DIY – How I built a Simple Stand-alone Sun Shade – Shelter

DIY – How I buildt a Simple Stand-alone Sun Shade – Shelter

**Update: I add a peaked roof to this shelter**

I constructed this 10×10 sun shelter for less than one third the price of a store purchased structure, and had a blast designing and building it! I feel this shelter is higher quality than store bought and the top material is easy to remove before the winter snows in western Montana.

I started with 10’ 4×4’s and 12’ 1×8’s. The structure is 8′ high and 12′ tip-to-tip on two sides. Two coats of stain will help preserve the structure from the elements.

I fashioned metal caps for the top of the 4×4’s and installed adjusters from an old clothes dryer to the bottom of the posts. The adjusters also keep the structure off the courtyard pavers so that water cannot wick up the posts.

I painted 10’ ¾” electrical conduit to hold the center of the sun shade material up. I drilled holes in the inner 1×8’s and inserted the conduit during the assembly process. This simple mounting technique eliminated complex mounting hardware.

The sun shade material and trick mounting clips were purchased from Greenhouse Megastore. The material I used was 12’ wide (without any seams) and will block 80% of the sun. Greenhouse Megastore will cut the material length you require. I purchased 13 running feet to get over the minimum order, thus saving on the cut charge. I cut the material to approximately 10×10 for my project. The clips are held in place at 8 points on the structure and 8 more clips were used to help stretch the material. The material does stretch nicely making a mighty fine cover.

This was a fun, simple project that almost anyone can build and enjoy for years.

Please contact me if you have any questions or comments.

Still photography was taken with a Samsung Galaxy S5 smart phone and an Apple iPad Air2. Video was taken with a DJI OSMO camera. I used Microsoft Move Maker to assemble the stills and finished the project with Adobe Premier Pro.

Music used: “Meditation Impromptu 02” by Kevin MacLeod (
Licensed under Creative Commons: By Attribution 3.0 License

20 Replies to “DIY – How I built a Simple Stand-alone Sun Shade – Shelter”

  1. Beautiful work. Trying to make something similar. What's the measurements on the (8)4×4 support pieces. And what size bolts did u use. Thanks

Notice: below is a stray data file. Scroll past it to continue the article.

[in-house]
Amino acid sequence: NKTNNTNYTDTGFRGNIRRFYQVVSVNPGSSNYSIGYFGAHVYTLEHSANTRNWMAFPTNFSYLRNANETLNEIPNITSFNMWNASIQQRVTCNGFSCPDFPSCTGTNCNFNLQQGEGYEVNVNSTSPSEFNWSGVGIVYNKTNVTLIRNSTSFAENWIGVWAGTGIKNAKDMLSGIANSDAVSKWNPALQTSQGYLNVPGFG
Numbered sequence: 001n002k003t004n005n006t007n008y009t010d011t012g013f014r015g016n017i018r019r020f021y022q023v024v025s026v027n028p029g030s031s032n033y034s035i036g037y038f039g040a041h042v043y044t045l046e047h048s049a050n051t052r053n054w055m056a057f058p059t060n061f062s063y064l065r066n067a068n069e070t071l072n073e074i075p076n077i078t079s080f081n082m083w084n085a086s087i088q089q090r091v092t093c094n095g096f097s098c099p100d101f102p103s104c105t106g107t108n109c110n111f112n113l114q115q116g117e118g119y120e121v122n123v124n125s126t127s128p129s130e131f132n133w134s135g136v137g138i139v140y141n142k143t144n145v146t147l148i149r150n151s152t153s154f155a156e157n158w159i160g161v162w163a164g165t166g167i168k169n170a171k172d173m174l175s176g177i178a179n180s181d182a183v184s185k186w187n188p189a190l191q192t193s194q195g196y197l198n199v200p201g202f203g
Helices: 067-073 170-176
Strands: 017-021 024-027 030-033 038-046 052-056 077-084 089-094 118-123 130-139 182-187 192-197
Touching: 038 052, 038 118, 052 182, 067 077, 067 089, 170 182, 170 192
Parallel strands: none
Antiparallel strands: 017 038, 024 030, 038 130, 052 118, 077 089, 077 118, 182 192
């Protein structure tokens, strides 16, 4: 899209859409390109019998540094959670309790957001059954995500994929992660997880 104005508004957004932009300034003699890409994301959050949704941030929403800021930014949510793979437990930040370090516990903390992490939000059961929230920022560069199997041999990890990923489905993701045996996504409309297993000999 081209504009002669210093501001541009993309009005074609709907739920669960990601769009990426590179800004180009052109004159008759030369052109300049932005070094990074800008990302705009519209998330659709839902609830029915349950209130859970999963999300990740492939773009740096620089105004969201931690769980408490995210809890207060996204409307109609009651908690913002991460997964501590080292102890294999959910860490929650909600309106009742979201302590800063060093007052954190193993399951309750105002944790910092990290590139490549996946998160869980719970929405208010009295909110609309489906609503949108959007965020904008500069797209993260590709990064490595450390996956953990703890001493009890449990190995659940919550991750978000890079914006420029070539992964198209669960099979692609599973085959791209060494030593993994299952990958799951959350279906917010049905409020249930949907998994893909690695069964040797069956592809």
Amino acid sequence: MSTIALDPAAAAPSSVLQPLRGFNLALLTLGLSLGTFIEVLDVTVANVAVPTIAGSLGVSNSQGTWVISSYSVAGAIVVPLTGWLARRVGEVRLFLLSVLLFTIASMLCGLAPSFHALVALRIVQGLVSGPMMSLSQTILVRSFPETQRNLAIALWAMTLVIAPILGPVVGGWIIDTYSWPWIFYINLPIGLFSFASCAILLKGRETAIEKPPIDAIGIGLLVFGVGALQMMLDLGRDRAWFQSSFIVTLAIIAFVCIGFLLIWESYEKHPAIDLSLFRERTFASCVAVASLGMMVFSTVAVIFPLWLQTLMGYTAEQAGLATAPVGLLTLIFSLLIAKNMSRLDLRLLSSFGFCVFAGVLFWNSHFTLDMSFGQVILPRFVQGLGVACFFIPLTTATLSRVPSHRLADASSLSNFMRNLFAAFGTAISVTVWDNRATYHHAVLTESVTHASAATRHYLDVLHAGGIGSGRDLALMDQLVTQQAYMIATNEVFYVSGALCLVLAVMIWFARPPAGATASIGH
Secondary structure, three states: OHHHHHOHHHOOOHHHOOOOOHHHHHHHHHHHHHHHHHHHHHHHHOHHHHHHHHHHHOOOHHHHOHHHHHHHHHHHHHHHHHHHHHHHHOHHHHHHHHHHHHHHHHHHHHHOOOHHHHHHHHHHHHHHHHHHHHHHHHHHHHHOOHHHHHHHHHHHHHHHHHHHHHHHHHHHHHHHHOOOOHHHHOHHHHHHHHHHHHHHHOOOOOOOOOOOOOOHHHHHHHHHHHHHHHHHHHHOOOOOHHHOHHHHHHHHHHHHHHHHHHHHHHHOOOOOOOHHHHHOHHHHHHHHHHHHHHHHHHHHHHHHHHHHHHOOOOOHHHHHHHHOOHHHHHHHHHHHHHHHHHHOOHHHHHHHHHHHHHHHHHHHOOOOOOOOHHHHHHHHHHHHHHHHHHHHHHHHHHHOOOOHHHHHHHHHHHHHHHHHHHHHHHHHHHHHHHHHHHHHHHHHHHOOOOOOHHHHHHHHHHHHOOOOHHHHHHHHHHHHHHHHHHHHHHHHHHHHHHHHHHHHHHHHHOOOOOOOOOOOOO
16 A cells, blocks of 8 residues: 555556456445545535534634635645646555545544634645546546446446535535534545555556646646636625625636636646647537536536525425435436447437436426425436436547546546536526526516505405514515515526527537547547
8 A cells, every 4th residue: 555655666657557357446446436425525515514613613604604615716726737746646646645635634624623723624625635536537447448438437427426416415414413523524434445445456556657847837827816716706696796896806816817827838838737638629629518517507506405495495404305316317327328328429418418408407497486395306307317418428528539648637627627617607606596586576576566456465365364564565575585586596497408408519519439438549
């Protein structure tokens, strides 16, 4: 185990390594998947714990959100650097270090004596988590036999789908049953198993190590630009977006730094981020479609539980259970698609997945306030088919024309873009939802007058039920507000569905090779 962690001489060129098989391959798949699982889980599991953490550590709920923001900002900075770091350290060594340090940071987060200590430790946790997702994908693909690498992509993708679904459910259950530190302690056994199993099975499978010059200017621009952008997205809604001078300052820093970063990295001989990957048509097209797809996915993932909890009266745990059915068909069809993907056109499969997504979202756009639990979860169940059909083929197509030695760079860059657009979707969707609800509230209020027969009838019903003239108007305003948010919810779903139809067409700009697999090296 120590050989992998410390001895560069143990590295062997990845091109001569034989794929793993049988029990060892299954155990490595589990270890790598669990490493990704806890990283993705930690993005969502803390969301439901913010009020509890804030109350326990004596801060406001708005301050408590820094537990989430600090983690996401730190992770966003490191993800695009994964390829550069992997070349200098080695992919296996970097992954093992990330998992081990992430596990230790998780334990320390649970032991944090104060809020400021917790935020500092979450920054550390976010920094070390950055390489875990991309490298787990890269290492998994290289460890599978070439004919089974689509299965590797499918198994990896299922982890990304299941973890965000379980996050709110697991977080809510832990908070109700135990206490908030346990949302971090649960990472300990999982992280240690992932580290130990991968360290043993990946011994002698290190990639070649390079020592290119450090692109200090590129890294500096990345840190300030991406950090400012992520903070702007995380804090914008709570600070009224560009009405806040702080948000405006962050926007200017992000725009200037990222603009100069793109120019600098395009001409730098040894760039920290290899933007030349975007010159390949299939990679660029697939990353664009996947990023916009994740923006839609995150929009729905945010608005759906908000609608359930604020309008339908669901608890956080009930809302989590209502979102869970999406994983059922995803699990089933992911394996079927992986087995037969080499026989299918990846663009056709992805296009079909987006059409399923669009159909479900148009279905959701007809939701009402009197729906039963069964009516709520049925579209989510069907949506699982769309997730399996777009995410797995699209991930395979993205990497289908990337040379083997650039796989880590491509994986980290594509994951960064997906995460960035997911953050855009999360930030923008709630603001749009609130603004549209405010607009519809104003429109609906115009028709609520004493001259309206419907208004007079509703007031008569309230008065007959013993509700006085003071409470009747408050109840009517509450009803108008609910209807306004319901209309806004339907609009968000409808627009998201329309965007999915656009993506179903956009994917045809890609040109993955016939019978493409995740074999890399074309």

2. Can't believe the people complaining. If you want to be spoon fed the details on how to build it look at the 100s of other videos on YouTube. I'm ready to declare myself not part of the species of human. I'm too embarrassed to be in the same species as some of you.
    You did a fine job with the pergola and the video. Thank you.

  3. I noticed that there seems to be a piece of wood that is between the 12' 1×8 pieces, right in the middle. I can see two bolt or nail heads. You can see it clearest at 4:11. Is that some kind of support that you decided you needed? I don't see it on earlier pictures of the build or install, but it's there by the end.

  4. Thought this was a how to, but then I saw "how I". Beautiful work, bro. Also noticed some comments on the music but I enjoyed it. ✌🐯

  5. Pretty nice work. Is there name for that type of shade "cloth"? Tough to tell if posts are 4×4 or 6×6 based on the angle supports…almost looking 4x6ish.

  6. Definitely not a how-to and that music….. Too bad, it clearly is an excellently rendered project and video.

  7. Beautiful piece. I'd have to build mine in the "back 40", because, if I built one that close to my house, it would be demolished from the weight of all of the snow falling off the roof from our Maine winters. Absolutely love the design though. Wish you was my neighbor… I'd enjoy watching this kind of skill in progress.

  8. Excellent video! I searched everywhere trying to find the right structure for a shade sail and then I found your video. It was perfect. I just made one almost identical to yours this weekend. Thanks for the inspiration and the finer details you included in the description and the replies you added.

  9. Beautiful job, but not what some (me) would call "simp!e". As a complete novice, with no power tools except a skill saw, it does show me that I need to be much better equipped, both with tools AND know-how, before I tackle something that I want to look nice, when finished. Again, very nice job!

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